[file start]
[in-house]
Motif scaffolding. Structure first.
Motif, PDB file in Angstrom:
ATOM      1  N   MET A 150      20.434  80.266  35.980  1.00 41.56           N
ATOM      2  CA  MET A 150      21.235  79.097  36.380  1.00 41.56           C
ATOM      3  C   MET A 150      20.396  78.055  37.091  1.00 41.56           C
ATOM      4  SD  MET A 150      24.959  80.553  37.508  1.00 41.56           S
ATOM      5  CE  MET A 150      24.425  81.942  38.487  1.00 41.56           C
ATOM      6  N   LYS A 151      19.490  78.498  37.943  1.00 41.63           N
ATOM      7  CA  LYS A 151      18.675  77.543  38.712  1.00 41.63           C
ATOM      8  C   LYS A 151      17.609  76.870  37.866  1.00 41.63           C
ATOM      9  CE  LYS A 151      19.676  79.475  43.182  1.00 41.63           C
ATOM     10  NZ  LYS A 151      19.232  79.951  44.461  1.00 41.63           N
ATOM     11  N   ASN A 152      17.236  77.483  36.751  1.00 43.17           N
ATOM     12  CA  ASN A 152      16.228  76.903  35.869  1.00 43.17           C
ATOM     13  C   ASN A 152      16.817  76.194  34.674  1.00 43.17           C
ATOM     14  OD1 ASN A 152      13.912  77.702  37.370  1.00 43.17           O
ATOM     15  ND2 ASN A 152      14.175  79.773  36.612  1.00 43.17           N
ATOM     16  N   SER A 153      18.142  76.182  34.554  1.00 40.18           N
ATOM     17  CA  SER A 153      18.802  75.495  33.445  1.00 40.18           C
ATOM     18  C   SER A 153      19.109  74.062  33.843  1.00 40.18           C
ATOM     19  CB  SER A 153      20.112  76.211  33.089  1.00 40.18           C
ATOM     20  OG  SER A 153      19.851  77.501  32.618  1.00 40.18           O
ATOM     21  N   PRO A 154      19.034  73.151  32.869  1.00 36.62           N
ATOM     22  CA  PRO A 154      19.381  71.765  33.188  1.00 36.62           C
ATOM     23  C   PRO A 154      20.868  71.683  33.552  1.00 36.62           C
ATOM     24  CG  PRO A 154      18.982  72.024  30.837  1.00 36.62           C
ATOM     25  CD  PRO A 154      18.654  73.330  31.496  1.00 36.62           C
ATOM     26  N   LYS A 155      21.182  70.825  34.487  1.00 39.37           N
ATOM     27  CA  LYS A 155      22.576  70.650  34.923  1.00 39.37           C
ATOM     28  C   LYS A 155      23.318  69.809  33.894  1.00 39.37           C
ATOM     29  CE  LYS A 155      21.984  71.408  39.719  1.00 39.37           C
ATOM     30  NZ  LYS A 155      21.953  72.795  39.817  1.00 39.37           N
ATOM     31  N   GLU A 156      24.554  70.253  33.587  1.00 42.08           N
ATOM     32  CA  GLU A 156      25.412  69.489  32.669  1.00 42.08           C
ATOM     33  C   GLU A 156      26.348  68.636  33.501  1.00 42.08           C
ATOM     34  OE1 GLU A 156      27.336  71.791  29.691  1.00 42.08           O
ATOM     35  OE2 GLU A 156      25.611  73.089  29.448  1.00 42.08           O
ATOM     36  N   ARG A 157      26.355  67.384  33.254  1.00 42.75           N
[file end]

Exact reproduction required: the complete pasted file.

[in-house]
Motif scaffolding. Structure first.
Motif, PDB file in Angstrom:
ATOM      1  N   MET A 150      20.434  80.266  35.980  1.00 41.56           N
ATOM      2  CA  MET A 150      21.235  79.097  36.380  1.00 41.56           C
ATOM      3  C   MET A 150      20.396  78.055  37.091  1.00 41.56           C
ATOM      4  SD  MET A 150      24.959  80.553  37.508  1.00 41.56           S
ATOM      5  CE  MET A 150      24.425  81.942  38.487  1.00 41.56           C
ATOM      6  N   LYS A 151      19.490  78.498  37.943  1.00 41.63           N
ATOM      7  CA  LYS A 151      18.675  77.543  38.712  1.00 41.63           C
ATOM      8  C   LYS A 151      17.609  76.870  37.866  1.00 41.63           C
ATOM      9  CE  LYS A 151      19.676  79.475  43.182  1.00 41.63           C
ATOM     10  NZ  LYS A 151      19.232  79.951  44.461  1.00 41.63           N
ATOM     11  N   ASN A 152      17.236  77.483  36.751  1.00 43.17           N
ATOM     12  CA  ASN A 152      16.228  76.903  35.869  1.00 43.17           C
ATOM     13  C   ASN A 152      16.817  76.194  34.674  1.00 43.17           C
ATOM     14  OD1 ASN A 152      13.912  77.702  37.370  1.00 43.17           O
ATOM     15  ND2 ASN A 152      14.175  79.773  36.612  1.00 43.17           N
ATOM     16  N   SER A 153      18.142  76.182  34.554  1.00 40.18           N
ATOM     17  CA  SER A 153      18.802  75.495  33.445  1.00 40.18           C
ATOM     18  C   SER A 153      19.109  74.062  33.843  1.00 40.18           C
ATOM     19  CB  SER A 153      20.112  76.211  33.089  1.00 40.18           C
ATOM     20  OG  SER A 153      19.851  77.501  32.618  1.00 40.18           O
ATOM     21  N   PRO A 154      19.034  73.151  32.869  1.00 36.62           N
ATOM     22  CA  PRO A 154      19.381  71.765  33.188  1.00 36.62           C
ATOM     23  C   PRO A 154      20.868  71.683  33.552  1.00 36.62           C
ATOM     24  CG  PRO A 154      18.982  72.024  30.837  1.00 36.62           C
ATOM     25  CD  PRO A 154      18.654  73.330  31.496  1.00 36.62           C
ATOM     26  N   LYS A 155      21.182  70.825  34.487  1.00 39.37           N
ATOM     27  CA  LYS A 155      22.576  70.650  34.923  1.00 39.37           C
ATOM     28  C   LYS A 155      23.318  69.809  33.894  1.00 39.37           C
ATOM     29  CE  LYS A 155      21.984  71.408  39.719  1.00 39.37           C
ATOM     30  NZ  LYS A 155      21.953  72.795  39.817  1.00 39.37           N
ATOM     31  N   GLU A 156      24.554  70.253  33.587  1.00 42.08           N
ATOM     32  CA  GLU A 156      25.412  69.489  32.669  1.00 42.08           C
ATOM     33  C   GLU A 156      26.348  68.636  33.501  1.00 42.08           C
ATOM     34  OE1 GLU A 156      27.336  71.791  29.691  1.00 42.08           O
ATOM     35  OE2 GLU A 156      25.611  73.089  29.448  1.00 42.08           O
ATOM     36  N   ARG A 157      26.355  67.384  33.254  1.00 42.75           N